I trust you.
I am married to the Contrarian, and that places a special burden upon me as a woman, nay, as a human. I am stressed daily, nay, minute by minute with entanglement in a world that is simply not normal.
This is a world where up can sometimes be sideways, and out is almost always inside out. I have adapted over the years, and can carry off this feat quite well now, few strangers would ever guess that my mind is so twisted with incongruity.
So, why I need you?
Well how do you deal with the cutlery wars in your house? I’m utterly stymied by this family dilemma and look as I may, have been unable to find a good self-help book on the subject. I can but assume that there is some childhood training that I totally missed. I’m the only one on the planet who seems unable to fathom how to deal with this obvious problem.
You have no idea what I’m talking about?
Surely you jest.
You seriously don’t?
Ahhh, well it’s not me then?
Let me explain then.
Our happy home is utterly disturbed on a regular basis by the digging about in the drawer reserved for all things called “eating utensils.” I mean digging. As in pushing aside, throwing spoons into the knives, pawing to the bottom, cursing, growling, and pointed periodical statements such as “where are all the decent spoons in this house?”
Let me back up a bit.
I did not learn of this issue during the early time of our courtship. All those e-mails, phone conversations, leading up to our meeting in February of 1999, gave no clue that forks would come to divide us. Even during the whirlwind weeks of co-habiting, nary a clue could be garnered by the romantic food interludes we enjoyed.
As with all secret nut cases, my husband kept all these things hidden until the ring was squarely implanted on the third finger left hand.
And then it began.
“Why don’t we have any decent forks?” he mewed.
“These spoons are the wrong shape!” he exclaimed.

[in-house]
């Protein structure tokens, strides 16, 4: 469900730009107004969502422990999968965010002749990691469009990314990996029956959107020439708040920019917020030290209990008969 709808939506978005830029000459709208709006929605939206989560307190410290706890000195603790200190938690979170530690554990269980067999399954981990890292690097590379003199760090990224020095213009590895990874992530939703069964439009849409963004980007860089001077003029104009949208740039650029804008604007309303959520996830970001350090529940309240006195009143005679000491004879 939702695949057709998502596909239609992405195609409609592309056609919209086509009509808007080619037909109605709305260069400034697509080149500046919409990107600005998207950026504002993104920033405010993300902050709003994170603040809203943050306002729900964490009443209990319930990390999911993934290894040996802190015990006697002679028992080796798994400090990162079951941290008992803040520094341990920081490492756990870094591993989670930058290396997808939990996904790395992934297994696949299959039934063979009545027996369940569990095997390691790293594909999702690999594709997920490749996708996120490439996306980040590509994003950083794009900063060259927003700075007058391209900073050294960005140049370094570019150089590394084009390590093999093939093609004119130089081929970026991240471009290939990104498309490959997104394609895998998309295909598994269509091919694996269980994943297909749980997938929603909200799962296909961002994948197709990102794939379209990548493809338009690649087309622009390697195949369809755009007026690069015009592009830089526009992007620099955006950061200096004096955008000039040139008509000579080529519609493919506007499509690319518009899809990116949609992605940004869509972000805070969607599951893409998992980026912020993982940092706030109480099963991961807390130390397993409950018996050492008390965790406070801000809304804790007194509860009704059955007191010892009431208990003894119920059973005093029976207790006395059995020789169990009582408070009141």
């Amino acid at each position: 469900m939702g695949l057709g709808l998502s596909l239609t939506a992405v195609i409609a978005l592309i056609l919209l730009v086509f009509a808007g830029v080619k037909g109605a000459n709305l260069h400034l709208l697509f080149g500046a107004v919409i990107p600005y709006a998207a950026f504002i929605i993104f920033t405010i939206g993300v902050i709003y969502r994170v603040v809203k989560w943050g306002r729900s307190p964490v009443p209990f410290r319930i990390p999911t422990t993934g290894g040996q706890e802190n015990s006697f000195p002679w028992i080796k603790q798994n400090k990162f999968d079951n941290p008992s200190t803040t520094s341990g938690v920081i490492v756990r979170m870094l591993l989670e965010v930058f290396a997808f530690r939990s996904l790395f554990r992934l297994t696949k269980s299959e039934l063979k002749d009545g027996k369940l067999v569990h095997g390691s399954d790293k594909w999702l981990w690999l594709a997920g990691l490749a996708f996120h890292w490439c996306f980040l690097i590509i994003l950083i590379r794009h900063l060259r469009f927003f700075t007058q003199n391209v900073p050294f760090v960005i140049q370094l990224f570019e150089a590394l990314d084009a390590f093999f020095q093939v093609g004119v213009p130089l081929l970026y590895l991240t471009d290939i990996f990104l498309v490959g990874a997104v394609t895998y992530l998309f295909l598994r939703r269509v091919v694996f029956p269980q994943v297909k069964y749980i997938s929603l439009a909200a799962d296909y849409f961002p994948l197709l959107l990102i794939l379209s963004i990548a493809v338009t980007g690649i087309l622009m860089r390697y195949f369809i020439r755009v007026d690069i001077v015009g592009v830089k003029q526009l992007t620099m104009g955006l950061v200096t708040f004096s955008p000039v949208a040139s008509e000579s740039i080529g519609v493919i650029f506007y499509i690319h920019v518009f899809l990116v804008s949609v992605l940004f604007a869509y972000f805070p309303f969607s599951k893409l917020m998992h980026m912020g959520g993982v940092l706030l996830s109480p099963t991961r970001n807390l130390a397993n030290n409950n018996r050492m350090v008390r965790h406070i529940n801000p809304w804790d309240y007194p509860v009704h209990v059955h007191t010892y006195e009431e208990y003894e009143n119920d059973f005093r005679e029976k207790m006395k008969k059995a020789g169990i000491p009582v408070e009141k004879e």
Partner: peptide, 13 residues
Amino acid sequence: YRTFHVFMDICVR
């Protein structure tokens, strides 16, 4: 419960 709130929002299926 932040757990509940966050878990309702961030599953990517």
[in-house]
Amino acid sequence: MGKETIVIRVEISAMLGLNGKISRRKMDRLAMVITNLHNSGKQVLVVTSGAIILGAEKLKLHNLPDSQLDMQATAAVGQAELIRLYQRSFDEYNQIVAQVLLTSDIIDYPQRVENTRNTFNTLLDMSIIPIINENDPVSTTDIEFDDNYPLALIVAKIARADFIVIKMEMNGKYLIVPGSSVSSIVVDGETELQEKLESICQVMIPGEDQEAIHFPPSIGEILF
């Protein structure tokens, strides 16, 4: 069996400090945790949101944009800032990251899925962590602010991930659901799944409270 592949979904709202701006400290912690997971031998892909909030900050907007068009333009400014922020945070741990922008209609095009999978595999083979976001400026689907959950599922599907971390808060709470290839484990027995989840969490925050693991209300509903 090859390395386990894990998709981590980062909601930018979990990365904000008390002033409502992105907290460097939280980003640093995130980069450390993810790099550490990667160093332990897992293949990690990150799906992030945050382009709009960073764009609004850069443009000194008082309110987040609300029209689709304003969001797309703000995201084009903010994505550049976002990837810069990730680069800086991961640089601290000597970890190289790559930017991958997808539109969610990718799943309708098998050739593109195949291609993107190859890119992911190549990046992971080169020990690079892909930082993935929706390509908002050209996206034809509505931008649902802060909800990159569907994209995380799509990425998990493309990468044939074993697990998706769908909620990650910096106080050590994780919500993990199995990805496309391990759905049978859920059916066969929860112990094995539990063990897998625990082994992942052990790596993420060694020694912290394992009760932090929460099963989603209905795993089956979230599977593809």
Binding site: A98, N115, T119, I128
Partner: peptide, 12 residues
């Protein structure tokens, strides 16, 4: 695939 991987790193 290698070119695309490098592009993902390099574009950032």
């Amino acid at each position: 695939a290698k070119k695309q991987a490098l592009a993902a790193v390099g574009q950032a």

I looked at them each time. Fork = longish rod with four tines. Spoon = longish rod with ovalate shape at the end depressed in the middle for holding liquids.
They seemed fine to me.
But they were not.
No, not by a long shot.
They were “bad” forks and spoons.
Knives, well we don’t even bother with knives. Knives are either sharp or to be tossed. They are either large, or useless. This man takes my biggest chefs knife of some twelve inches to cut a piece of pie. Moreover he doesn’t like knives much. He used to bone hams in a past life, yet he is terrified of them.
“You’re walking!” he screams.
“Yes, I am, I learned that around age one.” I intone.
“You have a knife in your hand–the blade is up. TURN IT DOWN!”, his face turning shades of red I’ve only dreamed of seeing on paint chips.
“Parker, I’m 63 years old. So far I’ve never stabbed myself.”
“THERE’S ALWAYS A FIRST TIME”, he snorts.
But at the table where we consume victuals, he doesn’t have much to say about knives, other than the obvious, “I think we need the steak knives babe, since WE ARE EATING STEAK.” He usually grins broadly following such an exclamation and you can see how proud his mother was when he smiled like that. Time to take the kid off the pot. He’d done his poop.
No, at the table, we reflect on the limitations of our forks and spoons.
And there is no good reason for this.
When we moved from the meadow and I was engaged in the endless task of sorting and packing, I omitted some of the worst offenders from the “stuff going south.” The near round spoon? Out it went. “Ridiculous shape” it was called. “Who can get their mouth around that?” it was taunted.
When we arrived in Las Cruces I planned on a new set of regular stainless steel. We shopped. He picked.
Did you hear me?
Has the complaining stopped?
Case in point.
An innocent piece of cutlery. It sits first in line for forks. To be used for salads, and desserts. Perhaps for appetizers if necessary.
We have some. They come with the “set”.
But the Contrarian cannot use a salad fork.
Why you ask?
Because the handle is too short.
Did you hear that?
THE HANDLE IS TOO SHORT.
That IS what defines it as a salad fork Mr. Contrarian. If the handle were longer it would be a FORK as in DINNER FORK.
“But it makes the food too close to my hand. I don’t like that.” he moans.
How exactly does one answer such a statement?
The soup spoon.
It has a lovely place in the line of cutlery, for using for soup. It allows the slurping of liquids not drunk with enough speed that the entrée doesn’t get cold/burn up awaiting the finishing of the soup course. It is larger than a regular spoon but smaller than a serving spoon.
What’s the matter?
“It’s too large for my mouth!” he laments.
This delicate mouth that I love to kiss is frightened that the one-quarter of an inch increase in width will harm the corners of his delicate lips.
Short of giving this man his food through a feeding tube just what am I to do here?
Signed: desperately seeking food moving tools.
PS: Diego still disdains the use of stainless steel, preferring silver plate or his tongue. I live with a couple of heathens I tell ya!